As Financial Secretary, you are solely responsible for all aspects of the local’s finances with respect daily operations – income and expenses. You are responsible for financial reporting at the local, including financial compliance with ATU 757 International/Audits. All financial information must be transparent, accurate and timely to insure sound decision making by the ATU leadership.

To address the members’ concerns, the first thing the Financial Secretary must do is return to the practice of having hard copies of monthly financial statements/reports available at Charter Meetings. Second, be responsive to member questions/concerns regarding union expenditures. Union dues are paid by its members. Members have a right to have their specific questions answered with respect how their dues are spent. Third, visit properties quarterly to address member questions or issues.

If elected as your Financial Secretary, I pledge to rebuild and strengthen member trust in ATU 757 through open communication, transparency accountability and timely financial reporting.  

3) Assaults are on the rise every year. Do you believe operator barriers are the answer? What are the pros and cons of the barriers? What else could be done to stop this escalating problem?
As an operator, I do believe the barrier can be a part of the solution. A pro is that the barrier can immediately provide both protection and a sense of security to the operator. The con is that the barrier does limit the connection and interaction between the operator and passenger.

With that said, OPERATOR Safety is PRIORITY #1. Our Operators must be safe. There are no easy solutions to the assault problem facing transit employees – no silver bullet. To reduce or stop this escalating problem there needs to be an ongoing commitment between labor, management, law enforcement and community leaders to work together to identify and prioritize all available options to address this epidemic. If elected, I pledge to work with the local ATU leadership to leverage the strength of the ATU International to seek out what’s working at other locals nationwide.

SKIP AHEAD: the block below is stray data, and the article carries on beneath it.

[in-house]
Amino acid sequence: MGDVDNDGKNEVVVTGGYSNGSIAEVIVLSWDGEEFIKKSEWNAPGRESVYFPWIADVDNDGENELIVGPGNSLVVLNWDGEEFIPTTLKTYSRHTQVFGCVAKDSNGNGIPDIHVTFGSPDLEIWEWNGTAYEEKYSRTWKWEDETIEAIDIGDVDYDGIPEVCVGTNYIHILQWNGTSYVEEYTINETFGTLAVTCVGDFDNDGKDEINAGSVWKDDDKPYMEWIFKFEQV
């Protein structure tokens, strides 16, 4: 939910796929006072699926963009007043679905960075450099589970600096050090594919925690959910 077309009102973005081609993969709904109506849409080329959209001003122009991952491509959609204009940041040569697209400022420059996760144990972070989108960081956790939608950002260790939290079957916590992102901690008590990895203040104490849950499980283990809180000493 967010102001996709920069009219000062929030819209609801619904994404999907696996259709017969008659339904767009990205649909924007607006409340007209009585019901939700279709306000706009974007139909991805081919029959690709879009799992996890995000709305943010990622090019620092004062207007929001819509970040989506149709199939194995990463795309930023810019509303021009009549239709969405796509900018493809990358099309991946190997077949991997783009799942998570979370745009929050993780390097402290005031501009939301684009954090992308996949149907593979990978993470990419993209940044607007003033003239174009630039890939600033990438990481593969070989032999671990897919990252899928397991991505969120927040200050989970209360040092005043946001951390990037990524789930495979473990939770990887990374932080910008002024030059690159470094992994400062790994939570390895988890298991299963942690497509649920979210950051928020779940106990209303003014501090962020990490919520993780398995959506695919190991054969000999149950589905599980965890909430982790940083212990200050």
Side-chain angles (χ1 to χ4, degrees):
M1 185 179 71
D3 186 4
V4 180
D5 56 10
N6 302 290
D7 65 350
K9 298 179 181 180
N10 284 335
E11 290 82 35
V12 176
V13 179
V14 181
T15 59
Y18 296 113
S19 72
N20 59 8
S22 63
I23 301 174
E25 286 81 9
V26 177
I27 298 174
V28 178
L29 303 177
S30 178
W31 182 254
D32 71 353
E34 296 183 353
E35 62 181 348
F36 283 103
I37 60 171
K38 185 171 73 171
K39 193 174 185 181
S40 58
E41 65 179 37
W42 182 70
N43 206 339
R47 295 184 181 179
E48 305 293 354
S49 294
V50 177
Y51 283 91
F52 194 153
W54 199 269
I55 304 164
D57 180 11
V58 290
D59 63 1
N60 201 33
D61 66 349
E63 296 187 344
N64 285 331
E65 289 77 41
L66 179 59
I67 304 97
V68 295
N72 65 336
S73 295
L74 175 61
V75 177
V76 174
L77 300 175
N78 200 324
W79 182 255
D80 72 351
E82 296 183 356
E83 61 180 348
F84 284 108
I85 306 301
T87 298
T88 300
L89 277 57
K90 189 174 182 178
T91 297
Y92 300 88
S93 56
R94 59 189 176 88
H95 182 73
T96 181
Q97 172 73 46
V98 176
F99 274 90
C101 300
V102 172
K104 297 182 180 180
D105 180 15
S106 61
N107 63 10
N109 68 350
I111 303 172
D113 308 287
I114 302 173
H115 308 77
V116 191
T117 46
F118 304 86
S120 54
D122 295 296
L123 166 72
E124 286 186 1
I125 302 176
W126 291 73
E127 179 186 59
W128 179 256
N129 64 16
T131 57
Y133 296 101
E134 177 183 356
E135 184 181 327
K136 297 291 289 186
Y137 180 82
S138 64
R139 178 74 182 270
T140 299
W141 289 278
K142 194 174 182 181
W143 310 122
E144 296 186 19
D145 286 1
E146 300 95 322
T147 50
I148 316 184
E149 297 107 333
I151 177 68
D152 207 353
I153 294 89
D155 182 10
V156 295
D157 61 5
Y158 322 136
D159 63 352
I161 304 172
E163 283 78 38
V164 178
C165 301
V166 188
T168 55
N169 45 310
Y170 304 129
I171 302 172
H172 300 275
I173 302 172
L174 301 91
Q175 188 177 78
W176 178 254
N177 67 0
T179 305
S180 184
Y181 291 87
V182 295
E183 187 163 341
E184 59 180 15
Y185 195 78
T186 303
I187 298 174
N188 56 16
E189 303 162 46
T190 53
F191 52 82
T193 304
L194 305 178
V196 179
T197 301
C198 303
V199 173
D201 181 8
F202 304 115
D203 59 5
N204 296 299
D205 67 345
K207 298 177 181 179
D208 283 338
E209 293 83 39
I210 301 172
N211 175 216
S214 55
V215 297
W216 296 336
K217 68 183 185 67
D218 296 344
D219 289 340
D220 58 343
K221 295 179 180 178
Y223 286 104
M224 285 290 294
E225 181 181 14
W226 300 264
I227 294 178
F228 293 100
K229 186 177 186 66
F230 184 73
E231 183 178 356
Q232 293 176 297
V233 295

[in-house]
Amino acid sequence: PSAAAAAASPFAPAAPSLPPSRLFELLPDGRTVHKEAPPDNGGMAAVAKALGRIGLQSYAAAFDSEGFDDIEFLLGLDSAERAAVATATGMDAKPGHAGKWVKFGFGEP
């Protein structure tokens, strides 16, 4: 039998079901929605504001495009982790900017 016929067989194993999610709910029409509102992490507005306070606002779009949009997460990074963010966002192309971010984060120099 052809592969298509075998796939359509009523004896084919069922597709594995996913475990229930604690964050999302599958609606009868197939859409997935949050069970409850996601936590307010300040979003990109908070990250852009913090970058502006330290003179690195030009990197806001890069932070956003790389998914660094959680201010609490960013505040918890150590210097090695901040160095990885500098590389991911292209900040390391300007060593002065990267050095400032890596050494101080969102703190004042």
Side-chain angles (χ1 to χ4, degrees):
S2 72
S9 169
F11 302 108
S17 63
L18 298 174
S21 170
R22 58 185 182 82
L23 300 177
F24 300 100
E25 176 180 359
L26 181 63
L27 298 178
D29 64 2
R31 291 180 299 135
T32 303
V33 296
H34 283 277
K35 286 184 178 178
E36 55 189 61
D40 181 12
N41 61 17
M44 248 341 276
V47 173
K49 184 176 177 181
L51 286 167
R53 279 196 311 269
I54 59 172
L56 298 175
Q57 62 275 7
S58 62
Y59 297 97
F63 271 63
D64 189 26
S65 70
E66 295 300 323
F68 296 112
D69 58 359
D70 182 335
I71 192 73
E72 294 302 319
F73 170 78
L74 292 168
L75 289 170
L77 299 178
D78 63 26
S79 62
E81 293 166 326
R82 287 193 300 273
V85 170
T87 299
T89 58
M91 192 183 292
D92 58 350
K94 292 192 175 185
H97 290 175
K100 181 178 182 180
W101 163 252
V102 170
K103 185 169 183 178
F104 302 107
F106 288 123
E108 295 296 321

4) Since we cannot strike, how can we ensure that our union membership concerns will be taken seriously by management? Do you have any creative strategies to ensure constructive dialog and positive actions?
As an Executive Board Officer, I have been able to present substantive, serious issues to management with successful outcomes. This is because of education, training and practice that I received prior to joining TriMet. It is all about understanding the issues that are important to both parties and presenting them in such a way that management has no other choice but to take our concerns seriously. Most TriMet managers do not know even understand what they are doing, let alone why. Using this strategy has proven highly effective for several members that I have represented.

5) The local media message is controlled by management. How do you propose to engage the media and help the public understand the issues we face?
The local media message is only controlled by management because UNION leadership has allowed it to happen. To address this issue, we need to have a plan. We need the right leadership in place to effectively get our message out to the public. Again, it’s about understanding your audience and adapting our message in a way that humanizes what we face each and every day as transit professionals.

6) Social media is a very active and volatile tool within our membership. How will you use it to communicate with US?